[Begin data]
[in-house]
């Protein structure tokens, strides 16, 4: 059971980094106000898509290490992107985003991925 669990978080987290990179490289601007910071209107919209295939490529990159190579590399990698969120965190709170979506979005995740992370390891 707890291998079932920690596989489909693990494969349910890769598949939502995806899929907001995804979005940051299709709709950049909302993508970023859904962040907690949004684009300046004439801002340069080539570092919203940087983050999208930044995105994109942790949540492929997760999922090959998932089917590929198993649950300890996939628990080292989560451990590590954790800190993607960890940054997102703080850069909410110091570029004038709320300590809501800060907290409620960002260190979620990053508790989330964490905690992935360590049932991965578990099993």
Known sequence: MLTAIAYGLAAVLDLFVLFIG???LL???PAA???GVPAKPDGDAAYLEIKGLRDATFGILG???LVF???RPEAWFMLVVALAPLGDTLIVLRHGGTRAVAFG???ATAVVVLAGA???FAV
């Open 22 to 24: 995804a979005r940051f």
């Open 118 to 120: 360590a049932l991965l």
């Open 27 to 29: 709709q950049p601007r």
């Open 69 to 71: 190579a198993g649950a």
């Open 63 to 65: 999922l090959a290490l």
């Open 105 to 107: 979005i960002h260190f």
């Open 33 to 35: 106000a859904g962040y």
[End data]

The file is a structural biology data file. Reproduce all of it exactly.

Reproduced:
[in-house]
């Protein structure tokens, strides 16, 4: 059971980094106000898509290490992107985003991925 669990978080987290990179490289601007910071209107919209295939490529990159190579590399990698969120965190709170979506979005995740992370390891 707890291998079932920690596989489909693990494969349910890769598949939502995806899929907001995804979005940051299709709709950049909302993508970023859904962040907690949004684009300046004439801002340069080539570092919203940087983050999208930044995105994109942790949540492929997760999922090959998932089917590929198993649950300890996939628990080292989560451990590590954790800190993607960890940054997102703080850069909410110091570029004038709320300590809501800060907290409620960002260190979620990053508790989330964490905690992935360590049932991965578990099993």
Known sequence: MLTAIAYGLAAVLDLFVLFIG???LL???PAA???GVPAKPDGDAAYLEIKGLRDATFGILG???LVF???RPEAWFMLVVALAPLGDTLIVLRHGGTRAVAFG???ATAVVVLAGA???FAV
């Open 22 to 24: 995804a979005r940051f």
């Open 118 to 120: 360590a049932l991965l």
């Open 27 to 29: 709709q950049p601007r």
């Open 69 to 71: 190579a198993g649950a």
């Open 63 to 65: 999922l090959a290490l």
């Open 105 to 107: 979005i960002h260190f």
């Open 33 to 35: 106000a859904g962040y």